The Credit Union Call Center Part 2
Co-Founder and Managing Director
MemberServ Solutions, LLC
A credit union defines itself by its history, membership, brand, mission, and core values. In turn, credit union call centers are tasked with living up to the credit union’s service mandates. Most credit unions operate internal call centers, centralized or at the branch level. Many, if not most credit unions outsource calls as well. In general, outsourcing is embraced by the credit union industry across multiple disciplines, not just call center.
Outsourcing call center support is necessary for overflow, benchmarking and redundancy. The right outsourcing strategy, with the right 3rd party outsourcer, should help the credit union reduce overall Cost-to-Serve. If done correctly, it should be less expensive to outsource than to build or expand in-house centers, providing the outsourcer delivers a positive return on investment for the credit union. Cost reductions from outsourcing can also help credit unions deliver on the core value of thrift– passing on savings to members.
The right in-sourcing and outsourcing strategies are a challenge for any credit union.
Let’s explore why. The member as owner and the cooperative model were intended to provide greater value not less and if members find value in service, then credit union’s should aspire and work to deliver more not less. All members must be treated with extra special care and serviced by an expert member advocate. Every member touch-point should leave the member feeling positive about the credit union. And in financial services and other verticals, fundamental call center metrics are universal. These metrics can and should be optimized within the framework of the very distinct culture of credit unions.
An area of concern is that many credit unions tend to get call center support packaged or priced with a wider spectrum of services. This can water down the focus on delivering world-class call center performance. Ultimately, bundling call center with other services often times leads to missed service levels and missed revenue opportunities because the focus isn’t always on member support. The contact center is the member’s first point of contact and it must be the best “first” point of contact at all times.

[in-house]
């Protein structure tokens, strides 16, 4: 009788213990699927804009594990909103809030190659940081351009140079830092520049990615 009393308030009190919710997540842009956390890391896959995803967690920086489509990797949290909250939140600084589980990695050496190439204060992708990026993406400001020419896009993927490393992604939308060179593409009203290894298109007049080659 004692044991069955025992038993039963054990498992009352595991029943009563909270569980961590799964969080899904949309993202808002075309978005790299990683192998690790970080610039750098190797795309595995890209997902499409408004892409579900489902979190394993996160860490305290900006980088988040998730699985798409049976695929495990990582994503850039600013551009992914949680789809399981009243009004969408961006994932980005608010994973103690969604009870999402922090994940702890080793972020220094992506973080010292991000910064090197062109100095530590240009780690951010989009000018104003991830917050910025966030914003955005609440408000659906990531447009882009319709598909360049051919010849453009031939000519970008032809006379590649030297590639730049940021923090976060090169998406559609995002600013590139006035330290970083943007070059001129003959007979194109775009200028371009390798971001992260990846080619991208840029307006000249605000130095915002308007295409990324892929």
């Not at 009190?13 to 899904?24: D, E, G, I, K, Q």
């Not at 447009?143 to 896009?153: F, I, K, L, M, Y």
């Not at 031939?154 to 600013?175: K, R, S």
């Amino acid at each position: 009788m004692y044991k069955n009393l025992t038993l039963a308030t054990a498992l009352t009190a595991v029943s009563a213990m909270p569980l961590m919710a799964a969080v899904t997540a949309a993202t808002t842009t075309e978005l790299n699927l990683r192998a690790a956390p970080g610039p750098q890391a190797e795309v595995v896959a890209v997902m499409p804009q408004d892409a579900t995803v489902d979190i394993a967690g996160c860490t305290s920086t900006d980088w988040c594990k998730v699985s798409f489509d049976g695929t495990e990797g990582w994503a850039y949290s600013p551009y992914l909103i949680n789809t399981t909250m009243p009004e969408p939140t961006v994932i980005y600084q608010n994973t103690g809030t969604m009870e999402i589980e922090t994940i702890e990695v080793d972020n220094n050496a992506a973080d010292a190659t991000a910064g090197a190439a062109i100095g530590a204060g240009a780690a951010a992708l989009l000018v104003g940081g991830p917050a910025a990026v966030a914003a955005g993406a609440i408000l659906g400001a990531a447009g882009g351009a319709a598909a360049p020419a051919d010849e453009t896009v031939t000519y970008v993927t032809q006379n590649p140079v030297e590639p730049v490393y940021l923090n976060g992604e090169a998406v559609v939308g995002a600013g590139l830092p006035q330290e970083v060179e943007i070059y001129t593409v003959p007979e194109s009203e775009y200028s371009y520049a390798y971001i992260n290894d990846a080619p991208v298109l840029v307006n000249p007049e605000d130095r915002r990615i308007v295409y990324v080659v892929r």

Credit unions are also faced with limited options in terms of 3rd party outsourcers. We’ll explore this issue in the next installment of this article. For now, let’s continue to drill down on the findings from our research in the credit union industry. We found that credit unions are looking for ways to improve internal and outsourced call center performance. More and more credit union call center decision makers are looking for:
• In general, better solutions to deliver an excellent member experience
• A seamless outsourcing partner where members can’t tell the difference between internal and 3rd party call centers
• Accountability to meet and exceed service levels
• Sales and revenue generation methodologies
• Innovative and cost effective outbound member contact programs
• Responsiveness and pro-active client services
• Technological efficiencies and flexibility
• Improved training and continuous training modules
• Better quality assurance processes and standards
• Access to remote monitoring of agents and calibration
• Voice-of-the member data and member intelligence
• Data analytics and customized reporting
• More information on effective call center management strategies
• A greater commitment to the credit union’s mission and values
In order to harness the full potential of outsourcing, member care decision makers should call upon business process outsourcing experts for help. An infusion of new and better operational concepts and outsourcing strategies will no doubt lift service levels, create new revenue opportunities, and improve member satisfaction (MSAT) and Net Promoter Score (NPS).
There is a vast difference between a “call answering service” and a professional contact center. Credit unions must re-examine how the contact center can revolutionize the member experience and increase revenue. Where does your credit union rank, internally and in your outsourced call center? Are you simply going-through-the-motions in resolving member calls or are you giving your members the “white-glove” treatment they deserve? Are you identifying sales and revenue opportunities or simply rushing your AHT (Average Handle Time) to answer the next call? Are you attempting to increase FCR (First Call Resolution) or are you plagued with call-backs and escalations? Are you properly measuring MSAT (Member Satisfaction) and NPS (Net Promoter Score) to help increase share of wallet? Are you monitoring what your members are saying about you in Social Media?